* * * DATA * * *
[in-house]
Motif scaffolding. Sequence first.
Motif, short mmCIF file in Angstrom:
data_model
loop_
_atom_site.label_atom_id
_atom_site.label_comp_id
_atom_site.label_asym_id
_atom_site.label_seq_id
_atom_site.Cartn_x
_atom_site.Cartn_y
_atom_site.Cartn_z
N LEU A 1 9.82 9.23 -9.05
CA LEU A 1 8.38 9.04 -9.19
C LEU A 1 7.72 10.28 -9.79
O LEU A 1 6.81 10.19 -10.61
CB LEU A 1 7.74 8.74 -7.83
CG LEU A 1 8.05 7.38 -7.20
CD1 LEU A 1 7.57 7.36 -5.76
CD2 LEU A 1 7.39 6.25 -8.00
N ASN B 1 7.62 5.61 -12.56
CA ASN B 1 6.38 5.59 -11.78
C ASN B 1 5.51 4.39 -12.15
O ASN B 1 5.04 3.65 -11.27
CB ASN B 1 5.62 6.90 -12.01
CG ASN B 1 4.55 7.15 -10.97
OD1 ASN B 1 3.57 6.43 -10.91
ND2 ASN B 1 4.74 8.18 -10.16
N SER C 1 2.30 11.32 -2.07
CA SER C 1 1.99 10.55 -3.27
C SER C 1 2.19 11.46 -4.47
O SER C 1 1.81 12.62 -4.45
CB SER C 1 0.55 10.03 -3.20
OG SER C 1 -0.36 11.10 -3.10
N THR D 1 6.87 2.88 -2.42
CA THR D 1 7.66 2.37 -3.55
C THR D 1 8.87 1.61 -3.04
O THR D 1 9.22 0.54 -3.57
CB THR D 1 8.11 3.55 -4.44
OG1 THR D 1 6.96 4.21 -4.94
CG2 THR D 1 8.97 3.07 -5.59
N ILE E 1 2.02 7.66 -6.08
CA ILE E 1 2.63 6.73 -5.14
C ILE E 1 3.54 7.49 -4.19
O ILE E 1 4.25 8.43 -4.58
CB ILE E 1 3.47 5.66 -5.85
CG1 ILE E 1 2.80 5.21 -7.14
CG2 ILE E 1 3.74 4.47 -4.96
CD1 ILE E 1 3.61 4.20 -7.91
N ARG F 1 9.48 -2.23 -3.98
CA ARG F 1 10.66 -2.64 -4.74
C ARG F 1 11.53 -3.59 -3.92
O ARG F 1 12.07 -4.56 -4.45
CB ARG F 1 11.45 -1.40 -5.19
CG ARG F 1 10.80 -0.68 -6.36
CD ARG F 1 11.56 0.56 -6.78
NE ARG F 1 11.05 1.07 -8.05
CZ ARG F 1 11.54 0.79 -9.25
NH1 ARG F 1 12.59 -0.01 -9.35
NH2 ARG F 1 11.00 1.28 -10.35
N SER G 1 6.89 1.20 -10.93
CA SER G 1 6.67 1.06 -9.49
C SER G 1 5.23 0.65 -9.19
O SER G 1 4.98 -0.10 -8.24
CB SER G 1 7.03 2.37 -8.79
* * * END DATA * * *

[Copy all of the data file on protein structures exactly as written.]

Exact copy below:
[in-house]
Motif scaffolding. Sequence first.
Motif, short mmCIF file in Angstrom:
data_model
loop_
_atom_site.label_atom_id
_atom_site.label_comp_id
_atom_site.label_asym_id
_atom_site.label_seq_id
_atom_site.Cartn_x
_atom_site.Cartn_y
_atom_site.Cartn_z
N LEU A 1 9.82 9.23 -9.05
CA LEU A 1 8.38 9.04 -9.19
C LEU A 1 7.72 10.28 -9.79
O LEU A 1 6.81 10.19 -10.61
CB LEU A 1 7.74 8.74 -7.83
CG LEU A 1 8.05 7.38 -7.20
CD1 LEU A 1 7.57 7.36 -5.76
CD2 LEU A 1 7.39 6.25 -8.00
N ASN B 1 7.62 5.61 -12.56
CA ASN B 1 6.38 5.59 -11.78
C ASN B 1 5.51 4.39 -12.15
O ASN B 1 5.04 3.65 -11.27
CB ASN B 1 5.62 6.90 -12.01
CG ASN B 1 4.55 7.15 -10.97
OD1 ASN B 1 3.57 6.43 -10.91
ND2 ASN B 1 4.74 8.18 -10.16
N SER C 1 2.30 11.32 -2.07
CA SER C 1 1.99 10.55 -3.27
C SER C 1 2.19 11.46 -4.47
O SER C 1 1.81 12.62 -4.45
CB SER C 1 0.55 10.03 -3.20
OG SER C 1 -0.36 11.10 -3.10
N THR D 1 6.87 2.88 -2.42
CA THR D 1 7.66 2.37 -3.55
C THR D 1 8.87 1.61 -3.04
O THR D 1 9.22 0.54 -3.57
CB THR D 1 8.11 3.55 -4.44
OG1 THR D 1 6.96 4.21 -4.94
CG2 THR D 1 8.97 3.07 -5.59
N ILE E 1 2.02 7.66 -6.08
CA ILE E 1 2.63 6.73 -5.14
C ILE E 1 3.54 7.49 -4.19
O ILE E 1 4.25 8.43 -4.58
CB ILE E 1 3.47 5.66 -5.85
CG1 ILE E 1 2.80 5.21 -7.14
CG2 ILE E 1 3.74 4.47 -4.96
CD1 ILE E 1 3.61 4.20 -7.91
N ARG F 1 9.48 -2.23 -3.98
CA ARG F 1 10.66 -2.64 -4.74
C ARG F 1 11.53 -3.59 -3.92
O ARG F 1 12.07 -4.56 -4.45
CB ARG F 1 11.45 -1.40 -5.19
CG ARG F 1 10.80 -0.68 -6.36
CD ARG F 1 11.56 0.56 -6.78
NE ARG F 1 11.05 1.07 -8.05
CZ ARG F 1 11.54 0.79 -9.25
NH1 ARG F 1 12.59 -0.01 -9.35
NH2 ARG F 1 11.00 1.28 -10.35
N SER G 1 6.89 1.20 -10.93
CA SER G 1 6.67 1.06 -9.49
C SER G 1 5.23 0.65 -9.19
O SER G 1 4.98 -0.10 -8.24
CB SER G 1 7.03 2.37 -8.79